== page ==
Monday Letters: Downtown parking needs, addressing wolves, protecting Thompson Divide, visiting Dolores River
“Local’s Pass” desperately needed downtown
The City of Glenwood yet again lacks specific direction when it comes to building a “thriving downtown.” How, you might ask? By chalking tires of anyone who parks downtown and handing out a $40 ticket if the vehicle is in the same parking spot for more than two hours.
I guess if you want to spend more than two hours downtown, you need to either hoof it back to your car and play musical chairs, or take the $40 dig. How fine and dandy is that! Not much of a “Welcome to Downtown Glenwood” – at least not in my opinion.
What ‘s even worse is that this grand plan totally disrupts the worker bees that are doing their best to make downtown thrive. The business owners, cooks, dishwashers, salon staff, retail — all the folks working in the downtown area — are now being forced into disruption. Imagine: “I would love to take your order — but right now I need to sprint to my car and move it or I will be charged $40 — so hang in there… I’ll be right back in about 15 minutes.” Hmm…
I would like City Council to consider providing a “Local’s Parking Pass” to anyone producing a paystub (or similar) that identifies them as a downtown worker. These are the people making your tax dollars thrive, so please don’t bite the hands that are literally feeding you. Thanks for your consideration.
Dave Heyliger, Glenwood Springs
Get used to wolves
In the Glenwood Springs PI weekly poll, one option provided to the question, “Was Gov. Polis right to veto the wolf lethal kill bill?” was, “No, anyone who feels threatened by a wolf should be allowed to shoot to kill.”
Many checked that response, even though people have always been permitted under federal law to kill any wolf to prevent them from killing a human. That makes the question moot. A rule under draft by the U.S. Fish and Wildlife Service also allows killing a wolf in self-defense. A third factor that makes it moot is the fact that in North America in the last 100 years, two humans have been reported killed by wild wolves; one in Alaska, where 7,000 to 11000 wolves live, and one in Canada, where 52,000 to 60,000 wolves live. The maximum number of wolves anyone expects to live in Colorado is around 1,000.
Wolves are the least dangerous of all North American large predators. We need to get used to it, and stop scaring everyone by perpetuating the myth of the big, bad wolf. In Colorado, in 2017, there were 34,933 stray dogs. Meanwhile, CDC reported dog-bite-related fatalities — U.S., 1995-1996. From 1979-1994, attacks by dogs resulted in 279 deaths of humans in the U.S. Wikipedia, the free encyclopedia, reports: Fatal dog attacks in the United States cause the deaths of about 30 to 50 people in the US each year, and the number of deaths from dog attacks appears to be increasing. Around 4.5 million Americans are bitten by dogs every year, resulting in the hospitalization of 6,000 to 13,000 people each year in the United States (2005).
Wolves were restored to Yellowstone in 1995. From 1995 to 2021, 113,857,558 visitors have enjoyed the park, and 1,123,136 backcountry-use nights have been recorded. Not one person has been injured by a wolf.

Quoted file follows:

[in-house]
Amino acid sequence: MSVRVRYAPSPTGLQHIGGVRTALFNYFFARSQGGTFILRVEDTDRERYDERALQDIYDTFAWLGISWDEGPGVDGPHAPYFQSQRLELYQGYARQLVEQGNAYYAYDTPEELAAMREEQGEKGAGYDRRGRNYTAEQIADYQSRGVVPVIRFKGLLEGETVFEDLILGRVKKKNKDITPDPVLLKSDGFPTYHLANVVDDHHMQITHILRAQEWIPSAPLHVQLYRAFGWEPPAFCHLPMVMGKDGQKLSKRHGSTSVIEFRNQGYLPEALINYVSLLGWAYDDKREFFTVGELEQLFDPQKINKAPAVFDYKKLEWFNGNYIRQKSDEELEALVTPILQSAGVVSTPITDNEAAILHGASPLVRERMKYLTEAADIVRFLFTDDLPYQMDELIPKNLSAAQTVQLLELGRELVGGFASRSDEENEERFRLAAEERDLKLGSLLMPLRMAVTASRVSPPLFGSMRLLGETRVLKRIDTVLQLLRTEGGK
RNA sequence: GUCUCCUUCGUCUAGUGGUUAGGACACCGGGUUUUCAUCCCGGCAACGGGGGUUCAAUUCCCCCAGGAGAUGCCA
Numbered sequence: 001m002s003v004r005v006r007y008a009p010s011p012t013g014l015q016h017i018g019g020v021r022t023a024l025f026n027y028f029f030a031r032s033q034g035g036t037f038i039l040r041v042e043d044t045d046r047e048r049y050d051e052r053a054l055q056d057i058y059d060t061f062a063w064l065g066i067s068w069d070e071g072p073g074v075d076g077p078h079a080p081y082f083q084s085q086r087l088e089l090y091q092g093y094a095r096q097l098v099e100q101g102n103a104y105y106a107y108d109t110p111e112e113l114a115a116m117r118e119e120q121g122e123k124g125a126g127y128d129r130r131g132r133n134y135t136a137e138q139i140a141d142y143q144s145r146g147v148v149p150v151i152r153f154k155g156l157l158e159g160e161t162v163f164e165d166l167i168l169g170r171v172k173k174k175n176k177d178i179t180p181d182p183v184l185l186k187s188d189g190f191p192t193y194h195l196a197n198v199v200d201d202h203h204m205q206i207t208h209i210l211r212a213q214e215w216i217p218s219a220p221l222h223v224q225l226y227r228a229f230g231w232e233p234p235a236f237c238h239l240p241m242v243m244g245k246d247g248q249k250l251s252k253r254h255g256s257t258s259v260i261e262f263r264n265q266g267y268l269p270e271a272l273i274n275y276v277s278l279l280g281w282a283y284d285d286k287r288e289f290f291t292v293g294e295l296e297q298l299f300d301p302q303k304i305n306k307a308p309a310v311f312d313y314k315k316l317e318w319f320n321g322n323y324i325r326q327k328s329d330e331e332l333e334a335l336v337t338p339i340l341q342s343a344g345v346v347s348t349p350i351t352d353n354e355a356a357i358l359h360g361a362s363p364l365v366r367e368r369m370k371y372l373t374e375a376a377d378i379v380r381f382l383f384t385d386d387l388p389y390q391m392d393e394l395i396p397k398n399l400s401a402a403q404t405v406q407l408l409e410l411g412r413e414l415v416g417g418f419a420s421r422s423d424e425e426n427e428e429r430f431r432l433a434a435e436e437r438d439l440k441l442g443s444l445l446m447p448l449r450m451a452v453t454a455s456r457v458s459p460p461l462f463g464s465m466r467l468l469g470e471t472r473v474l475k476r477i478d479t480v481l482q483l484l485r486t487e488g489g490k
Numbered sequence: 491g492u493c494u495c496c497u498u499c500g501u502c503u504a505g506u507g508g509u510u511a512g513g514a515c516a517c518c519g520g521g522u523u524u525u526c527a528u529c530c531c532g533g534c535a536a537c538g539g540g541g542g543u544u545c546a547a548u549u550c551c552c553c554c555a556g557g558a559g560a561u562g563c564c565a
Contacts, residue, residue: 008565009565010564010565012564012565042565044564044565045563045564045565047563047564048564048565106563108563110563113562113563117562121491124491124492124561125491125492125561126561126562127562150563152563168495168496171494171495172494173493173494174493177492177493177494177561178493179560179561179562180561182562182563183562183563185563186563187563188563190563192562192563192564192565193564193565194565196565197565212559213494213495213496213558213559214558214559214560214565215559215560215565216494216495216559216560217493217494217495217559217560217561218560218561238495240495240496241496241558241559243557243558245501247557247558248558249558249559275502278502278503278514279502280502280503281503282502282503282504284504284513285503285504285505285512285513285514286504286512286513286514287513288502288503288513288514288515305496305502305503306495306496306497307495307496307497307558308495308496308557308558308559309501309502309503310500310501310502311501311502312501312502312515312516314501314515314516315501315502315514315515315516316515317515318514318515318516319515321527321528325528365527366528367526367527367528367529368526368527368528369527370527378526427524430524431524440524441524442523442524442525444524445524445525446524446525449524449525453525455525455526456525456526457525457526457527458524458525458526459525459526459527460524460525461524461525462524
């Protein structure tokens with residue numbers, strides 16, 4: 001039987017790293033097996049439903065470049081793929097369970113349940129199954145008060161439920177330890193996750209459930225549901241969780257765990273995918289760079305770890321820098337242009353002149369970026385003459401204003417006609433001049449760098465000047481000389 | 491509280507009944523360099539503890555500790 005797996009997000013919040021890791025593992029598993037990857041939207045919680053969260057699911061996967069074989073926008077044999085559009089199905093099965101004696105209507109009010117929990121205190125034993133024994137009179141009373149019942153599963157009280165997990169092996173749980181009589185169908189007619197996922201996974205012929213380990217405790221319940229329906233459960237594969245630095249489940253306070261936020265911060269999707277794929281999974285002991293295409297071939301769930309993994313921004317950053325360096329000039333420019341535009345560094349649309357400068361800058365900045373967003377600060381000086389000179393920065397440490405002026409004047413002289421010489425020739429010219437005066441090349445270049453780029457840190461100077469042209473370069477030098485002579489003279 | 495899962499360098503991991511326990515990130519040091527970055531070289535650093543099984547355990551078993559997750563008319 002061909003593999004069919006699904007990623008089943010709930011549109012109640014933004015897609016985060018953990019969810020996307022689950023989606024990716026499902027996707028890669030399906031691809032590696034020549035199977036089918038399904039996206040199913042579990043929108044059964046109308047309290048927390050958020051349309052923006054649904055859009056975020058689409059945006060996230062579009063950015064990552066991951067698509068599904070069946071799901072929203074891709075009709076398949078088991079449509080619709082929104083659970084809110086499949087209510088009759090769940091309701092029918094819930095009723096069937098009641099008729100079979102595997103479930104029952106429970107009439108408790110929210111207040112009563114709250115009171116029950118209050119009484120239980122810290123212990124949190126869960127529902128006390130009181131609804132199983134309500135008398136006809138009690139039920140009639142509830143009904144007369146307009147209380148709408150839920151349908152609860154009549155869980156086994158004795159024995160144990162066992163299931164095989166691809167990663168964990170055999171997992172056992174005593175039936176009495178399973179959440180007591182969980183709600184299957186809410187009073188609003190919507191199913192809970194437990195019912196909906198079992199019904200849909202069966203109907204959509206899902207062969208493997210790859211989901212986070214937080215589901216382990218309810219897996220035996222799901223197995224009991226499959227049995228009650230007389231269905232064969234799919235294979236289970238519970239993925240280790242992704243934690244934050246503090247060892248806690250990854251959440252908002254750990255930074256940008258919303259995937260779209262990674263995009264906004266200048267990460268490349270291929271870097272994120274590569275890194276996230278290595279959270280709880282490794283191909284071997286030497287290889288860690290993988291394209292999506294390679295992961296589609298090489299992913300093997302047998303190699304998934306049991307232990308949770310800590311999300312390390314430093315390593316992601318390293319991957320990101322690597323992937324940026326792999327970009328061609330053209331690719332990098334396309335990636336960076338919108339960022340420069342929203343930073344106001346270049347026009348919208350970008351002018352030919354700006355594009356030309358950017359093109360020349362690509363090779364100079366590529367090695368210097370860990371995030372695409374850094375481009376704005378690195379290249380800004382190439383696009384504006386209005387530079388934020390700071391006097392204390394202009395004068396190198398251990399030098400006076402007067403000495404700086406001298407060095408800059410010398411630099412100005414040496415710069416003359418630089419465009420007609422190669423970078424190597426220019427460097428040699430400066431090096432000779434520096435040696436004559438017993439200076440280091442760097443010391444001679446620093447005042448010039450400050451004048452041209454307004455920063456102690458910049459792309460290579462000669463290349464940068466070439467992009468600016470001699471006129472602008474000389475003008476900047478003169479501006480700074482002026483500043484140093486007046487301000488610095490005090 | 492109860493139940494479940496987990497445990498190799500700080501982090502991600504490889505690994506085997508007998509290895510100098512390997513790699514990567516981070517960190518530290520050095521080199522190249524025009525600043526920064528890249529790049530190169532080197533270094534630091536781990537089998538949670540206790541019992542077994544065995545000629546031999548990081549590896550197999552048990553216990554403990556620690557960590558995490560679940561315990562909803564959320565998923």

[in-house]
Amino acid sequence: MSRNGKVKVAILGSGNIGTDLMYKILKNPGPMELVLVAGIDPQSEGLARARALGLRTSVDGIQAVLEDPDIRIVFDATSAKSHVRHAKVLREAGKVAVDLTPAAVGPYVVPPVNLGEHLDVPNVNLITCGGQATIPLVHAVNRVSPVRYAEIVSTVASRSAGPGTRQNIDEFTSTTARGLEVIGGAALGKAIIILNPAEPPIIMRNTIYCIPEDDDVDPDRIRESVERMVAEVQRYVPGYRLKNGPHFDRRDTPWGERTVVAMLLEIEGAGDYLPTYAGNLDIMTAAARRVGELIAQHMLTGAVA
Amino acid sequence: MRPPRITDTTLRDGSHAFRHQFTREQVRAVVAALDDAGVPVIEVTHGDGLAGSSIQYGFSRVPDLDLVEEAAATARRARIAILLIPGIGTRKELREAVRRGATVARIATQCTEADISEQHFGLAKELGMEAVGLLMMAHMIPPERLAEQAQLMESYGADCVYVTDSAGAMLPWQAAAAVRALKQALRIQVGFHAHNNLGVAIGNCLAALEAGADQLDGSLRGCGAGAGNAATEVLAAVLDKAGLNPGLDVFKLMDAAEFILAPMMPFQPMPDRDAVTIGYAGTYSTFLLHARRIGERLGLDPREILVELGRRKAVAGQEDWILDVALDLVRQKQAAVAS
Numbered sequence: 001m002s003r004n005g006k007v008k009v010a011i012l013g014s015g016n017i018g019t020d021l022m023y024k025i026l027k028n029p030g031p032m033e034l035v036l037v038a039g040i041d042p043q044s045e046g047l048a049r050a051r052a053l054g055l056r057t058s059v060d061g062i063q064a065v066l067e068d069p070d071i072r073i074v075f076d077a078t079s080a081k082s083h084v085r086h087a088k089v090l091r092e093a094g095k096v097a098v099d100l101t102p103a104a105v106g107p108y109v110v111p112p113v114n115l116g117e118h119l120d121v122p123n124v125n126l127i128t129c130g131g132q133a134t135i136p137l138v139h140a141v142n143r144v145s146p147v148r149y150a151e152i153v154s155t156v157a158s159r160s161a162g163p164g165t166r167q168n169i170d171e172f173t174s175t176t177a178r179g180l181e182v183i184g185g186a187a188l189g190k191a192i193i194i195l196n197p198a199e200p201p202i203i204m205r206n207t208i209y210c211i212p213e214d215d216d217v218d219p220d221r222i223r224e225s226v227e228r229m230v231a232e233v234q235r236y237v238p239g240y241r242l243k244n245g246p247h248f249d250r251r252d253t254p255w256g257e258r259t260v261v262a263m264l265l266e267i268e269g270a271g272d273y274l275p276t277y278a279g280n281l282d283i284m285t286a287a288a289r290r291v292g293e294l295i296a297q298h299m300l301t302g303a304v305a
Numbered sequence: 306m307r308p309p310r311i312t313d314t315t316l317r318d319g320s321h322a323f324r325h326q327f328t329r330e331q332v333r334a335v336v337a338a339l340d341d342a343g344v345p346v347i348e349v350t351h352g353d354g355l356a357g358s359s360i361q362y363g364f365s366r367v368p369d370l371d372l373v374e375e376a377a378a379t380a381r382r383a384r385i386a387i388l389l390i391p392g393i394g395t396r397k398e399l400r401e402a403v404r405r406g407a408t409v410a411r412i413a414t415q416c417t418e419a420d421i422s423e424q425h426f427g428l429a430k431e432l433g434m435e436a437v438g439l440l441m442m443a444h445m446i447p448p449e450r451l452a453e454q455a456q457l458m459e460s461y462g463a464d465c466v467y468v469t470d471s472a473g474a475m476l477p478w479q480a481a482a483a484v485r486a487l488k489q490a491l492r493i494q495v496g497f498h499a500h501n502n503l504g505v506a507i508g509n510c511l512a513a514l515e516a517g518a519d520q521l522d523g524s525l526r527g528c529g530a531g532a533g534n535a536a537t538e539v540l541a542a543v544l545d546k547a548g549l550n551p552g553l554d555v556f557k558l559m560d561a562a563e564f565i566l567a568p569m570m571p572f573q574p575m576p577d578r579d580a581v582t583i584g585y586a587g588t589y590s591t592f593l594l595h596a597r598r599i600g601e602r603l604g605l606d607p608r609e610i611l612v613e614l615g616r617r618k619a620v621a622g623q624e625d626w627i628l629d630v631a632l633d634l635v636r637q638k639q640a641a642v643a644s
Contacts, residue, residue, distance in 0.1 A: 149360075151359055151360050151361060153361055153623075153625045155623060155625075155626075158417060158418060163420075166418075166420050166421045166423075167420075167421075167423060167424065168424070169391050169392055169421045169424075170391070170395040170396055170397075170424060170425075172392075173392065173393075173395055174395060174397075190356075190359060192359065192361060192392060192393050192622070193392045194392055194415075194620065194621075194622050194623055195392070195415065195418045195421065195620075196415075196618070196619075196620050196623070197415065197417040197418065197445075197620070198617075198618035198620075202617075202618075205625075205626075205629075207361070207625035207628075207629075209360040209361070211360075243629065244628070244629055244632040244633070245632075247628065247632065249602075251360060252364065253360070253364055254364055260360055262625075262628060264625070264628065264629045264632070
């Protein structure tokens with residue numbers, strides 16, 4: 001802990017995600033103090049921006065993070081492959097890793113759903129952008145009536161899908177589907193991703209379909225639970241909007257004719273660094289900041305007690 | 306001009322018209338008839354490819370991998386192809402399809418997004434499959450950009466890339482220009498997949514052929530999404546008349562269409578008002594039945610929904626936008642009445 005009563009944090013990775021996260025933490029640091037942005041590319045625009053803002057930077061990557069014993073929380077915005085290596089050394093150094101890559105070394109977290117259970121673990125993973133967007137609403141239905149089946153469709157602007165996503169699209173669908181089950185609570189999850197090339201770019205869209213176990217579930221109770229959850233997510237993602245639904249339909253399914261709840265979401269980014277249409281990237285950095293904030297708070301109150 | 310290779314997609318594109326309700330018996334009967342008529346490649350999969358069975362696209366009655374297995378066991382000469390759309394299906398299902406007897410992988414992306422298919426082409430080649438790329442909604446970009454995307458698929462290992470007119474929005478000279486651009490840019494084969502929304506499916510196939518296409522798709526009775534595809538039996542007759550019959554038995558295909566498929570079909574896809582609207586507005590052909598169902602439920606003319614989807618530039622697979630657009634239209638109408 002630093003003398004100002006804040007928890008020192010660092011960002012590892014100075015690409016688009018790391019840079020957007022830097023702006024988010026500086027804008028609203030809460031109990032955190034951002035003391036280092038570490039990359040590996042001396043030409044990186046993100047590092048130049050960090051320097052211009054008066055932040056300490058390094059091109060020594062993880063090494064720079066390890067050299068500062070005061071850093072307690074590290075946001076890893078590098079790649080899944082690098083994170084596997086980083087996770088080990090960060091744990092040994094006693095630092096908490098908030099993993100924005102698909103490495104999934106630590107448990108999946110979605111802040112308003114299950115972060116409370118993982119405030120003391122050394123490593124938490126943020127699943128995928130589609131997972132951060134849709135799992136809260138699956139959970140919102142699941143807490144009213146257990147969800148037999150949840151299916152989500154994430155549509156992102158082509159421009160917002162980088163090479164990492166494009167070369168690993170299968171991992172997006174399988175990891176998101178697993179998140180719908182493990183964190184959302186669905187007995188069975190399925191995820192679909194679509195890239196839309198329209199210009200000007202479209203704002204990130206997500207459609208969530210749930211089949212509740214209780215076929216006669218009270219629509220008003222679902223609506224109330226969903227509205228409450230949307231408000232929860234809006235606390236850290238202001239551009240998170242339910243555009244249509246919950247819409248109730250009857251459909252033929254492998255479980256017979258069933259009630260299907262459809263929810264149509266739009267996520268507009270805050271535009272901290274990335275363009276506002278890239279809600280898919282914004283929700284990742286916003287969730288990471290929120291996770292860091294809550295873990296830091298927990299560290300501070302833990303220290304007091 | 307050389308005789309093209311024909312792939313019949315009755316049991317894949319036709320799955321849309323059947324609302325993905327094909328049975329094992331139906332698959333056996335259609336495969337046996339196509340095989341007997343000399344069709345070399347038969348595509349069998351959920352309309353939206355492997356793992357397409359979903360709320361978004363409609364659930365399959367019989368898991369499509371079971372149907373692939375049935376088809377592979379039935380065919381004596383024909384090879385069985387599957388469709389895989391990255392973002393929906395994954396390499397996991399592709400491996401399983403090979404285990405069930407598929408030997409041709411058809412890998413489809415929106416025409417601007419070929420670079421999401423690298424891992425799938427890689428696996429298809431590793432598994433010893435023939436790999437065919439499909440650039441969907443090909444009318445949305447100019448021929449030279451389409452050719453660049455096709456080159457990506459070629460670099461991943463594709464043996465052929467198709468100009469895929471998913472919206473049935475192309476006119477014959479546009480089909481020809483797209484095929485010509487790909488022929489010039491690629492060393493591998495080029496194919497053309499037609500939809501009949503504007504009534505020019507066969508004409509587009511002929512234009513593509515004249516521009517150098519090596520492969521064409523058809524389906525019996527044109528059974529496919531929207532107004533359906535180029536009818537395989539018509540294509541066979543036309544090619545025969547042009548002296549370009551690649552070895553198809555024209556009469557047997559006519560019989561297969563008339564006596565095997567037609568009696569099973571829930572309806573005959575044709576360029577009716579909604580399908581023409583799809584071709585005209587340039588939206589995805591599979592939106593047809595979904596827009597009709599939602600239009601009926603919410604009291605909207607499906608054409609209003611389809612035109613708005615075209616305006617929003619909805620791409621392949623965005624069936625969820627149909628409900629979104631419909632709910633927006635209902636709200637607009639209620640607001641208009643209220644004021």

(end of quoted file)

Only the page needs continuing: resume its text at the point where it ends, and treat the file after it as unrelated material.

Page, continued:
Protecting Thompson Divide, Four Mile Park
My family and I have been in the Roaring Fork Valley for almost seven years and we love it here. One of the things we love the most is the easy access to our public lands. One great example is Four Mile Park in the Thompson Divide. Just a few minutes from our home we can appreciate the cooler weather while camping, mountain biking and hiking. Our kids always enjoy our colorful hikes in the fall with their friends and every year they look forward to walking in such beauty. We also enjoy our times on the river and lakes, it’s so refreshing to jump in the cold water for a little bit.
Right now, the Forest Service and Bureau of Land Management (who manage our public lands) are considering whether to protect the Thompson Divide from oil and gas development with an administrative mineral withdrawal. This would prevent any oil and gas companies from leasing these lands for the next 20 years and ensure the Thompson Divide and places like Four Mile Park stay as they are: beautiful and a wonderful place for families to enjoy nature. Until June 16 the Forest Service is accepting comments from the community on whether to protect this special place. You can show your support by submitting a letter through Wilderness Workshop webpage at https://wildernessworkshop.org/take-action/. We are so lucky to have these public lands and I hope that we preserve our public land’s natural beauty for generations to come.
Marlon Funez, Glenwood Springs
Dolores River is a gem
The “Protect the Dolores Film Tour” at TACAW was very well-attended on Wednesday, May 31. If you have not hiked or rafted the Dolores River Canyon Country, you are missing a stunningly beautiful landscape!
The Dolores River is in southwest Colorado and is over 170 miles long. It is the only red rock river canyon in Colorado. It runs from high alpine country above 12,000 feet all the way to the desert, meeting up with the Colorado River.
As one of the speakers, Regina Lopez-Whiteskunk, of the Ute Tribe said, “This is my home and heart and we need to protect this area for all future generations!” I couldn’t agree more.
It will take all of us to help protect the Dolores River Canyon and the time is now! Please consider signing the following petition located at this website, https://www.protectthedolores.org/take-action. For more information on the Delores River; https://www.americanrivers.org/river/dolores-river/.
Richard Walker, Carbondale
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